What “happens inside one’s head” is how Margaret Colbert described her own artistic process. That humble observation belies the talent behind this woman’s expert illustrations of dinosaurs of the Colorado Plateau.
Margaret Colbert’s interpretations were facilitated by her ability to translate past fossil life into scenes alive with color and animal behavior—rendering convincing reconstructions of the dinosaurs and their habitats. No less than Michael Crichton, of “Jurassic Park” fame, was inspired by her art.
She pursued her work while at the Museum of Northern Arizona with her husband, paleontologist Edwin “Ned” Colbert, and they traveled the world as a scientist-artist team. She illustrated books—and painted large murals that grace walls at the New Mexico Museum of Natural History and Petrified Forest National Park visitor center.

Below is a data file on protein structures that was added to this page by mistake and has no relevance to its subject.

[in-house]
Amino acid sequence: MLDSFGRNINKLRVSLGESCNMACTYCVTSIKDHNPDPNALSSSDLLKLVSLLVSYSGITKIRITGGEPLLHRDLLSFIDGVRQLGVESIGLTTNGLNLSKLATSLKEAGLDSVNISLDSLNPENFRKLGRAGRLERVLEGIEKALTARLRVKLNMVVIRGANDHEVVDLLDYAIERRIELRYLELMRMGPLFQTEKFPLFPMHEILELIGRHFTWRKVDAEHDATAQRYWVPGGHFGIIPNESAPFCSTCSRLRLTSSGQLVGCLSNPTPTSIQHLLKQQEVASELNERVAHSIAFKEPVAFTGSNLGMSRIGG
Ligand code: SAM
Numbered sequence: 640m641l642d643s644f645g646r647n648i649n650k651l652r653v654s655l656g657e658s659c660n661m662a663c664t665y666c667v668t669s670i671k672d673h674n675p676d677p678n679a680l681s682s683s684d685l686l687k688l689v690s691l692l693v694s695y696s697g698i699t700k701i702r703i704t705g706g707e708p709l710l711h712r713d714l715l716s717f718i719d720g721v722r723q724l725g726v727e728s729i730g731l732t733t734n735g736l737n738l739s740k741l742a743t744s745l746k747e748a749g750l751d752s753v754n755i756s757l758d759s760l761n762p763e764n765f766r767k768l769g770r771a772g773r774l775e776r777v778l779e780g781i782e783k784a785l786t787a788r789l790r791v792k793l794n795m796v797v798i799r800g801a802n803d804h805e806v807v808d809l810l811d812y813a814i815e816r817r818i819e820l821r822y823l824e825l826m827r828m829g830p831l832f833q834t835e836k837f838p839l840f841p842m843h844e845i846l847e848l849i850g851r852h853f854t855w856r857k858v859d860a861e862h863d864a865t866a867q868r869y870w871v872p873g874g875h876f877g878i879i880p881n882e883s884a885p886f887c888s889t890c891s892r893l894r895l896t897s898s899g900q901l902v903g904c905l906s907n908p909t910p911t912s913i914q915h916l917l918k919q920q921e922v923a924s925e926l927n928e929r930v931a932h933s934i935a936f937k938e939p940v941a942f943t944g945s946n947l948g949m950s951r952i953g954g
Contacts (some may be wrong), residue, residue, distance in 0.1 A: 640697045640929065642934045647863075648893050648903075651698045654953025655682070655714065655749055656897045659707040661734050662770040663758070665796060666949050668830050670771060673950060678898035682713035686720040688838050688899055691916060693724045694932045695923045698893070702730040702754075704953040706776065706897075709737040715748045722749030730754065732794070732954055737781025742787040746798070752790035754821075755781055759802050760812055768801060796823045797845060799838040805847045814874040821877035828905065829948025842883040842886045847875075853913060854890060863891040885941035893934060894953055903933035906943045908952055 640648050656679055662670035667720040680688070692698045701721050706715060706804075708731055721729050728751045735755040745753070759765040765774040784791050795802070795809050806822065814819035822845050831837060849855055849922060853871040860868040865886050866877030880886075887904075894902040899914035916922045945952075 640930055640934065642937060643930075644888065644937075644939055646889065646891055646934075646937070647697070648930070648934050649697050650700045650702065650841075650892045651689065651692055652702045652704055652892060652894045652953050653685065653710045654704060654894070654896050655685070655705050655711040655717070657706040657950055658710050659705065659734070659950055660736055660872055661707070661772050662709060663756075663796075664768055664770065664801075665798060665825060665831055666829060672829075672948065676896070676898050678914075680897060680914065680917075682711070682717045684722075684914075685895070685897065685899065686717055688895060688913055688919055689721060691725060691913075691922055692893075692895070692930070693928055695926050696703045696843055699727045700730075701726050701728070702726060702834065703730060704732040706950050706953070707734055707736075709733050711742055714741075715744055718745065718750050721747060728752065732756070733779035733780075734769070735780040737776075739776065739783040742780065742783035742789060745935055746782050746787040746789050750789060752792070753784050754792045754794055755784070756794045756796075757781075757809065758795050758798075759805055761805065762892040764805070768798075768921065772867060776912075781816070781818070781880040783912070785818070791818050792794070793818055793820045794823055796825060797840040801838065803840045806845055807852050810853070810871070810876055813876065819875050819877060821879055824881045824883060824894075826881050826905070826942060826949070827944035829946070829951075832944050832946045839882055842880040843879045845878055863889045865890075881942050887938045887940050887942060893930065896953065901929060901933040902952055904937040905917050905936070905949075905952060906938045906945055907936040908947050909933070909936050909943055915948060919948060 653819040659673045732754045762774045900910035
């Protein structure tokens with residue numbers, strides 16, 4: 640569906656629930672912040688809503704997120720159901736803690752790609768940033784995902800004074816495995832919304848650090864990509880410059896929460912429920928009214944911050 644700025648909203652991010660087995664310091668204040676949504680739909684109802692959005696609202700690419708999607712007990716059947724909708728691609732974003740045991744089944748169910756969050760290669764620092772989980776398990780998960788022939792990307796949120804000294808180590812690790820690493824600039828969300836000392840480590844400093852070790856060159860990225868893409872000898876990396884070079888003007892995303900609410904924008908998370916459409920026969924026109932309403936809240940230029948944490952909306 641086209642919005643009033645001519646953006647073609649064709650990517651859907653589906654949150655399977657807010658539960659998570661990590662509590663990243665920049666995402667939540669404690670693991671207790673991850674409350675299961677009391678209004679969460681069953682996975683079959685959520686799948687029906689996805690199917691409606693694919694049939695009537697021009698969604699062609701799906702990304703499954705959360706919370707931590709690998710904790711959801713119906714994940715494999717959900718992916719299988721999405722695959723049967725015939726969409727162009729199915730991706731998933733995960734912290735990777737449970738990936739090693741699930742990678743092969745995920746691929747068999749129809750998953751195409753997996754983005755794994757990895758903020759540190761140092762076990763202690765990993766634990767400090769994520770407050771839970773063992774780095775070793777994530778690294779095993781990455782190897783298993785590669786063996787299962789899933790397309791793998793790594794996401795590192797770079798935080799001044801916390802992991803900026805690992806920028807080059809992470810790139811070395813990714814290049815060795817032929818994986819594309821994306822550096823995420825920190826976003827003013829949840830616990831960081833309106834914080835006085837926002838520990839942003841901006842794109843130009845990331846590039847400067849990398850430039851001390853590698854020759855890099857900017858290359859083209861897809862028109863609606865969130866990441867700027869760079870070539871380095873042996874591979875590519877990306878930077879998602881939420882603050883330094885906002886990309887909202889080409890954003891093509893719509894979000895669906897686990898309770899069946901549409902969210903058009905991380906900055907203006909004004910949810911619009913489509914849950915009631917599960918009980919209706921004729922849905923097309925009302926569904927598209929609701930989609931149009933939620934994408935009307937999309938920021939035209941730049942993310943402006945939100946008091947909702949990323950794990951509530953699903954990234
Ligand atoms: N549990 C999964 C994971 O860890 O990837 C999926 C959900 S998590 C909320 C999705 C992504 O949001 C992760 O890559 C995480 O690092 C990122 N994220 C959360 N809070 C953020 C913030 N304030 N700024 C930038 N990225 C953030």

After raising five sons, Margaret continued to create sculptures, paintings, and black-and-white drawings. She also did textile design, weaving, print making, ceramics, and jewelry—much of it her own designs in silver and stone. In 1943 she designed the logo for the Society of Vertebrate Paleontology.
In her words, “what there is of art in all of this, is something that happens inside one’s head, somewhere between the bump for ‘observation’ and the one for ‘imagination’ … All I know is, it’s very exciting.”
Margaret Colbert died at age 96 in 2007, leaving an enduring legacy of art melded with science.